The other night I talked to Jeff’s photo, as I sometimes do. I think it was Christmas night, and I was feeling a bit lost. And confused. So much of what has happened to me in the past twelve or thirteen years (the years of his dying and the years of my grief) still doesn’t make sense, but for the most part, I just go on about my life, concentrating on the day I am living.
Even so, sometimes, the confusion makes itself felt. For example, I really do like my house, my life, having a place to call home, but it all came about because Jeff died. If he hadn’t died, my life would have been completely different. I wouldn’t have missed this current life, of course, because I would never have known it existed, but still, the confusion is there.
I also continue to be confused about life and death, what it is, where we go, and all that, but again, generally I don’t think about it, just take it as a fact that he is gone and I am not.
And I’m still confused about a lot that happened that last year we were together. I don’t worry about it much — after all, it was a long time ago — but there is one episode that still makes me feel ashamed.
When people talk about those who care for their dying spouses, we imagine tender care, patience, and the warm glow of love. After all, that’s how it’s portrayed in movies, and movies are a reflection of real life, right?
Well, no. Many of us endure a love/hate relationship — we want to be with them and savor ever moment we have, yet at times we can’t stand the stress, the turmoil, the pain (theirs and ours), the sleepless nights and all else that goes along with trying to survive while your mate is struggling with death. We can’t always be the person we want to be, and even worse, as the months pass and the exhaustion and numbness take hold, we become someone we’d just as soon pretend never existed.
Even during a year where death hovers, life still reigns. So we live. We get impatient and frantic and frustrated and surly. And, even though sometimes we wish they’d die and get it over with, we never really believe they are going to die. We forget that each day might be the last, and so we forget to be patient and kind.
It’s one of those time that still shames me. He was looking at Google Earth and visiting all the places he once knew. I listened to his stories of old Denver for a while, and then suddenly I couldn’t stand it anymore, and I got impatient and left. I still don’t know why I felt that way, so that adds to the confusion. There wouldn’t have been a problem if not for Death. If there had been another time, I would have made a point of drawing up a chair and soaking in the time together, but there wasn’t another time. And I am left with the knowledge of how I am not always the kind and patient and generous person I wish to be.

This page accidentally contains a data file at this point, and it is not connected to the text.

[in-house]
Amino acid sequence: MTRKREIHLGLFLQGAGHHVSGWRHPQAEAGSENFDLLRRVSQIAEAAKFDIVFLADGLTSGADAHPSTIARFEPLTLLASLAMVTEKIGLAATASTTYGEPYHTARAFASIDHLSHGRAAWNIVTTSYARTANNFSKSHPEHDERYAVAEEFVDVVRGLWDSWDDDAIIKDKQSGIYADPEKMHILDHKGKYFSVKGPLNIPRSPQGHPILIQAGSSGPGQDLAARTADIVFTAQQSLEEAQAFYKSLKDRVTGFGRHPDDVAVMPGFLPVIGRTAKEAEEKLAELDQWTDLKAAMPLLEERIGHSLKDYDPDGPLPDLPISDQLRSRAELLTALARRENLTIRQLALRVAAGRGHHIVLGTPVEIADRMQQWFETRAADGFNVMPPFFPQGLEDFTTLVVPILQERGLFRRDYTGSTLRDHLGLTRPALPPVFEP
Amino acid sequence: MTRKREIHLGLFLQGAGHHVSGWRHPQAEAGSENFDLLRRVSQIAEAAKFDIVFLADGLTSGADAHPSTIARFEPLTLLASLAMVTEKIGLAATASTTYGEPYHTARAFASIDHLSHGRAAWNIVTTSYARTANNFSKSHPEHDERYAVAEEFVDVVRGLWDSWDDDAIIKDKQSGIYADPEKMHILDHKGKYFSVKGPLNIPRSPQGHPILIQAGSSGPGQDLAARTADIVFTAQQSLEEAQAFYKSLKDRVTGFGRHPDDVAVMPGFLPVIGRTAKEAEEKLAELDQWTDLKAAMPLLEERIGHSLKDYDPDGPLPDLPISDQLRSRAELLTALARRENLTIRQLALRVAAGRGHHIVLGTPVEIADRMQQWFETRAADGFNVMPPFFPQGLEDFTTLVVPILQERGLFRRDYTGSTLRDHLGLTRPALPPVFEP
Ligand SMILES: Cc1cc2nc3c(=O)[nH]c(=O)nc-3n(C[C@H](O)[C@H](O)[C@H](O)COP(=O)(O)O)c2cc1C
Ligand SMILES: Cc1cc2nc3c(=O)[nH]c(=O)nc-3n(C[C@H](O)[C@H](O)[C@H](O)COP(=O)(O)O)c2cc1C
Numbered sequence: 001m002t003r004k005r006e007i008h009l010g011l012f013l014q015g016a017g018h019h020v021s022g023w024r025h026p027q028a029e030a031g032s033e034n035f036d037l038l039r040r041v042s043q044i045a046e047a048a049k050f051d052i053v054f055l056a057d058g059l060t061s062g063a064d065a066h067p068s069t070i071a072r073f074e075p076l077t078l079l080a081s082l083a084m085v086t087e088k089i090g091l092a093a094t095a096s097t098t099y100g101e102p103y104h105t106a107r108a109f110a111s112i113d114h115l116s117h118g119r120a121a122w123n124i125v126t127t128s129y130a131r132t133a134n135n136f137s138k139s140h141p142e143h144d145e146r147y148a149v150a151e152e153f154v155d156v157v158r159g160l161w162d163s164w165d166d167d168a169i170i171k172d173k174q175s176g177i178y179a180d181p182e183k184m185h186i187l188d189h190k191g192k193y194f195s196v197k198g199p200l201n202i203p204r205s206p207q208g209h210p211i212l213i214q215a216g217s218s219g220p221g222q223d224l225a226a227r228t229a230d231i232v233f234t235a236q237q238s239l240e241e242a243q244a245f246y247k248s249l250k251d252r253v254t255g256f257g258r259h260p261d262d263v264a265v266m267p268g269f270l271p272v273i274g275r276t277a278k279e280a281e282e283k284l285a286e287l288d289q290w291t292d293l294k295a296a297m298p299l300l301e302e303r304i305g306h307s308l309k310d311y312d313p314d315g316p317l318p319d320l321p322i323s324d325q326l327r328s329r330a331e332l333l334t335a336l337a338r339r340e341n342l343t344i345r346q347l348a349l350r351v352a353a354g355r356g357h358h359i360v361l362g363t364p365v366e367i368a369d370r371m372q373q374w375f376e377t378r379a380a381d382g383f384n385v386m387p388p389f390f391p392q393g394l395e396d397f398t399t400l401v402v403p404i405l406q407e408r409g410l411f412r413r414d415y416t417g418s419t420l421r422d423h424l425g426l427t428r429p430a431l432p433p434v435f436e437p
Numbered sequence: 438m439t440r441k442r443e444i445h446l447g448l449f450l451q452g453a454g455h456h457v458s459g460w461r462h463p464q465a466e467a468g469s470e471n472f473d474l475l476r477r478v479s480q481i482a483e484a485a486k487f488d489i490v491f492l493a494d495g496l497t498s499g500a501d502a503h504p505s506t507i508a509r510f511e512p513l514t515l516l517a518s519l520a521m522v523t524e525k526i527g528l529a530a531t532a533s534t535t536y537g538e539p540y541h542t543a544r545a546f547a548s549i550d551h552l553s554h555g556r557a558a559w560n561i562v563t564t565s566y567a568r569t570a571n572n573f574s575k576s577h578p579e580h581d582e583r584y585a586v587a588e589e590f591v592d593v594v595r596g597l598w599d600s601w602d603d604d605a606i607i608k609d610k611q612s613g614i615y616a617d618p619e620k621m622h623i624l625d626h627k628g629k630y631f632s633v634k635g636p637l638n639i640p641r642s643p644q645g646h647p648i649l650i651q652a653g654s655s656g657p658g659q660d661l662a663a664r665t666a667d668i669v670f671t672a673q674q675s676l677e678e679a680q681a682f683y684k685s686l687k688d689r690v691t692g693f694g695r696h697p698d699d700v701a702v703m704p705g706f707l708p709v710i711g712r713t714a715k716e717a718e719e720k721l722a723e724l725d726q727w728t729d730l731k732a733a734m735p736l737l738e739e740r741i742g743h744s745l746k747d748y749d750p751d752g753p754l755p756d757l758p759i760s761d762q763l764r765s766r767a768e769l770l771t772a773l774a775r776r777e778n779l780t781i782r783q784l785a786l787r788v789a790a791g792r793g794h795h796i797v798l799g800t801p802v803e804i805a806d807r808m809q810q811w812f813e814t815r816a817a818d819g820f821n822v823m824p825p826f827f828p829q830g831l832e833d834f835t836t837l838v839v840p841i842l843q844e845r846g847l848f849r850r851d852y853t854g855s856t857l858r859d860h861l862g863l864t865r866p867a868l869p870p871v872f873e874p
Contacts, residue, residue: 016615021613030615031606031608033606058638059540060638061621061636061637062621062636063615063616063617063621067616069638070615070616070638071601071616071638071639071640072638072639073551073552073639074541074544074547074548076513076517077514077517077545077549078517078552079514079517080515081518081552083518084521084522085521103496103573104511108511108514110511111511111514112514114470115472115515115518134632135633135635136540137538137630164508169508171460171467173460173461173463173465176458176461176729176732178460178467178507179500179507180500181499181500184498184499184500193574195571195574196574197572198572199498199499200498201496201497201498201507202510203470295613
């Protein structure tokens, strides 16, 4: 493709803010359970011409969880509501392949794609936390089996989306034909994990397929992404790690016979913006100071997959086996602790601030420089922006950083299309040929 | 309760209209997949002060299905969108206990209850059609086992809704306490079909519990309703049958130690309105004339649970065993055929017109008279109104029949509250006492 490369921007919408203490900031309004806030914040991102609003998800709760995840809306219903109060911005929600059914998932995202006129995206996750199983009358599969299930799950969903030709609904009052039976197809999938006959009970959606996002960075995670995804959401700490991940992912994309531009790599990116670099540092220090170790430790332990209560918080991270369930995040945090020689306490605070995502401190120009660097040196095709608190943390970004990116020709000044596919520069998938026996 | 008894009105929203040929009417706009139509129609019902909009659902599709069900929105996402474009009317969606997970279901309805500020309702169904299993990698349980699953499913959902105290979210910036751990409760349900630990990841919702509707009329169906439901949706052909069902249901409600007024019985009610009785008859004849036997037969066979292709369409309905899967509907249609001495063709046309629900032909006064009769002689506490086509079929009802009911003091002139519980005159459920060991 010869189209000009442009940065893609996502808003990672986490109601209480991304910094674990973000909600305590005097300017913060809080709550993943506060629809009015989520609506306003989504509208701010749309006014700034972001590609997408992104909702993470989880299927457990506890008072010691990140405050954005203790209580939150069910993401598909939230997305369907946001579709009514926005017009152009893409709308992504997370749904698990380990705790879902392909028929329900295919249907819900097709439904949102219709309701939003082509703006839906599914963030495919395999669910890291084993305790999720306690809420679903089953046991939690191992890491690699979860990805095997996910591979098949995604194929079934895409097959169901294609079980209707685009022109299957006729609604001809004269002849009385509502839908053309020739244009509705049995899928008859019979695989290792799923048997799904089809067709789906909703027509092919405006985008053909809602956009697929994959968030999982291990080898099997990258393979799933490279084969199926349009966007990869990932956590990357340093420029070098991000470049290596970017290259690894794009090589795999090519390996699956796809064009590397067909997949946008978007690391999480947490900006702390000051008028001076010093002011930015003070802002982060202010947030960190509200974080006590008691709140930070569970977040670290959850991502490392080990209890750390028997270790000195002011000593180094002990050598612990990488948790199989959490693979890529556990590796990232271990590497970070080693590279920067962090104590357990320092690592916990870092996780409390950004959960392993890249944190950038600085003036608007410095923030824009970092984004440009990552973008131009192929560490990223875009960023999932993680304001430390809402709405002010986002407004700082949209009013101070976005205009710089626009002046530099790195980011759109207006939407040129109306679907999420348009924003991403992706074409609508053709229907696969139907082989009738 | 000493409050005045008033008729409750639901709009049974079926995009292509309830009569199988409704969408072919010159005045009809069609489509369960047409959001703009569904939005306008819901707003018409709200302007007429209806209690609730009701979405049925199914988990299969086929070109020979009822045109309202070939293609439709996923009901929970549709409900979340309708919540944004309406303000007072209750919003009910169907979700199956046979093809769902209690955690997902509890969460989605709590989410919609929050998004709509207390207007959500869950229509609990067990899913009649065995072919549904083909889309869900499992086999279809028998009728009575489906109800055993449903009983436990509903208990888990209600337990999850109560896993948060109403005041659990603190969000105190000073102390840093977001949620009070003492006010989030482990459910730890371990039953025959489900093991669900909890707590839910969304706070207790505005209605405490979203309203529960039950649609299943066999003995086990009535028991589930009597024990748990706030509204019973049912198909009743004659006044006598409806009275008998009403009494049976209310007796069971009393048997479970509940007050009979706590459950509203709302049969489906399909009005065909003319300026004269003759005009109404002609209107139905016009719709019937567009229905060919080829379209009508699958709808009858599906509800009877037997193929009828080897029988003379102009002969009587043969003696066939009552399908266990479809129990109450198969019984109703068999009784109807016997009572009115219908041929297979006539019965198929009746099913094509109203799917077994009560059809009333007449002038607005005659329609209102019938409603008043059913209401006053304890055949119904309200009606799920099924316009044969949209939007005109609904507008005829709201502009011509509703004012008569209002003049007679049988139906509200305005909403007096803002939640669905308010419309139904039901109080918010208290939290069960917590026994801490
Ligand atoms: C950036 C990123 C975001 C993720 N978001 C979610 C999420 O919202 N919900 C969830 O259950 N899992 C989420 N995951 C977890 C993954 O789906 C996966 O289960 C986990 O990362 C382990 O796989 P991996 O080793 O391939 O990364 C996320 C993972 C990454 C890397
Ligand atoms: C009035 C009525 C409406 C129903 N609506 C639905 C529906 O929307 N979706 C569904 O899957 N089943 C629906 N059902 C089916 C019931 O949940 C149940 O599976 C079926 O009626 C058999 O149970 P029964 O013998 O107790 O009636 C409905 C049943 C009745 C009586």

And I am left with confusion.
So much of that time is gone, out of mind. Even if I wanted to remember it, I couldn’t. I can’t even, at times, remember being with him, even though he was the most important person in my life for decades. Even after he died, he continued to be important because of the grief I experienced.
I don’t think I will ever truly find my way out of the confusion. Despite all my studies and experience and contemplation of dying, death, and grief, so much can’t be known. Most of the time, I can live with the confusion in the same way I live with the knowledge that one day I will die. It’s there, but doesn’t have any meaning on a day-to-day level.
Until, of course, there comes a day when the confusion wells up, and I end up pretend talking to Jeff.
Pat Bertram is the author of Grief: The Inside Story – A Guide to Surviving the Loss of a Loved One. “Grief: The Inside Story is perfect and that is not hyperbole! It is exactly what folk who are grieving need to read.” –Leesa Healy, RN, GDAS GDAT, Emotional/Mental Health Therapist & Educator